Adolescent girls’ capabilities in Bangladesh: the state of the evidence on programme effectiveness

Briefing papers
December 2017
Maria Stavropoulou with Rachel Marcus, Emma Rezel, Nandini Gupta-Archer and Caroline Noland

This rapid country evidence review brings together key evidence on the effectiveness of interventions seeking to support the capability development of Bangladeshi adolescent girls (aged 10–19). Produced to feed into the design of Gender and Adolescence: Global Evidence's (GAGE) longitudinal impact evaluation and as a resource for researchers, programme designers and policy-makers, this mapping draws on 165 studies – 48 of which are impact studies and evaluations. As a living document to be updated as necessary, it lays out current evidence on 'what works' to support girls’ education and learning; bodily autonomy, integrity and freedom from violence; sexual and reproductive health, health and nutrition; psychosocial wellbeing; voice and agency; and economic empowerment.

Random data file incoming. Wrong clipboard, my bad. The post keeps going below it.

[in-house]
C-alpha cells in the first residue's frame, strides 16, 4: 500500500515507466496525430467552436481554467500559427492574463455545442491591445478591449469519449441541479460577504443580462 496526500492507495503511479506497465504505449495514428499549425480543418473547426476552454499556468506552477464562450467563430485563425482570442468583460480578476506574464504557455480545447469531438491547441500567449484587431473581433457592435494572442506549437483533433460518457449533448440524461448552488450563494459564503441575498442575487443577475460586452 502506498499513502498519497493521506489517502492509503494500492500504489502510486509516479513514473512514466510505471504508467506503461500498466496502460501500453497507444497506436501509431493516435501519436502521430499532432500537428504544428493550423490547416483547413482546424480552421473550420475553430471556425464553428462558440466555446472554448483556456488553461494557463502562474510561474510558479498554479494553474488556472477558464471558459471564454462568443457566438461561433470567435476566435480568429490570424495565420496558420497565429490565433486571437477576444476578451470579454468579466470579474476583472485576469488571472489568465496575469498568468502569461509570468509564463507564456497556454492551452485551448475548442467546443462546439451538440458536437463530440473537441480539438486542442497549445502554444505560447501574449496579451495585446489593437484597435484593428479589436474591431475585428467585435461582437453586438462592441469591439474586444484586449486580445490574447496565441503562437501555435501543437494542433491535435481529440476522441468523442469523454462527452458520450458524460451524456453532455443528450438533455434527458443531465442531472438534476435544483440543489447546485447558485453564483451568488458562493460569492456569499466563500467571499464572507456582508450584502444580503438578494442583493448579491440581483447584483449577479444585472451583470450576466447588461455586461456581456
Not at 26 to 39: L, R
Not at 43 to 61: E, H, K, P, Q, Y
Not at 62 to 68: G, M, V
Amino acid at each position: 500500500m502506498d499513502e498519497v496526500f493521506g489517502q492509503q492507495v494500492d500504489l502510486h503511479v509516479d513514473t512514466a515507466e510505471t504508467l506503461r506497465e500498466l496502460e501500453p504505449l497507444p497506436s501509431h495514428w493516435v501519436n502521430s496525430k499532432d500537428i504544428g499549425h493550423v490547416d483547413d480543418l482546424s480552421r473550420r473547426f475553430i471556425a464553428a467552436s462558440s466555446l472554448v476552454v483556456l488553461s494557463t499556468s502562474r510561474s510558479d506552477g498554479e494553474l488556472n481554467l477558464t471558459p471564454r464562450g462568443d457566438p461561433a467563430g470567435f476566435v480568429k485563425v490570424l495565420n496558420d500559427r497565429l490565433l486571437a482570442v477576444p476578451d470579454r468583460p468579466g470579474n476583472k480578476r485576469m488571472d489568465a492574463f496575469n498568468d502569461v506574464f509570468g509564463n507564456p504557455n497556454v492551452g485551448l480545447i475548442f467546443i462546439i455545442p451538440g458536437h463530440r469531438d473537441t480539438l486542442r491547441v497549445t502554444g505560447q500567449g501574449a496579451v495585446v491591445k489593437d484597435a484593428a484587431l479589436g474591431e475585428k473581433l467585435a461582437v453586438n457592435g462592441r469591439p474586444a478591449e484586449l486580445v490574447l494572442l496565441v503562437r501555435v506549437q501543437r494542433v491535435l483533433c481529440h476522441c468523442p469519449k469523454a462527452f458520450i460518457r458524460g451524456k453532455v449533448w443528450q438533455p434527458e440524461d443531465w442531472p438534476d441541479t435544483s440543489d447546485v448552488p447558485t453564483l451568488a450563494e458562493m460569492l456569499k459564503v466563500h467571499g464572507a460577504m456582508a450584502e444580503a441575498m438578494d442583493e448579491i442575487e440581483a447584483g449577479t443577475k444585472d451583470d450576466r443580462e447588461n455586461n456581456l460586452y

Our mapping found that, of the examined impact studies and evaluations, only 21 could be considered rigorous. Most critically, nearly all had short time frames – and were conducted soon after projects ended – and few delineated between different age groups to ascertain whether some types interventions work best for younger or older girls.

Evidence suggests that, overall, it is easier to improve knowledge and shift attitudes than it is to change behaviours. For example, interventions have been successful at helping girls learn about sexual and reproductive health, teaching families and communities about the marriage law and providing girls with vocational skills. There is less evidence, however, that programme participation increases contraceptive uptake, reduces the odds of child marriage or impacts labour market participation.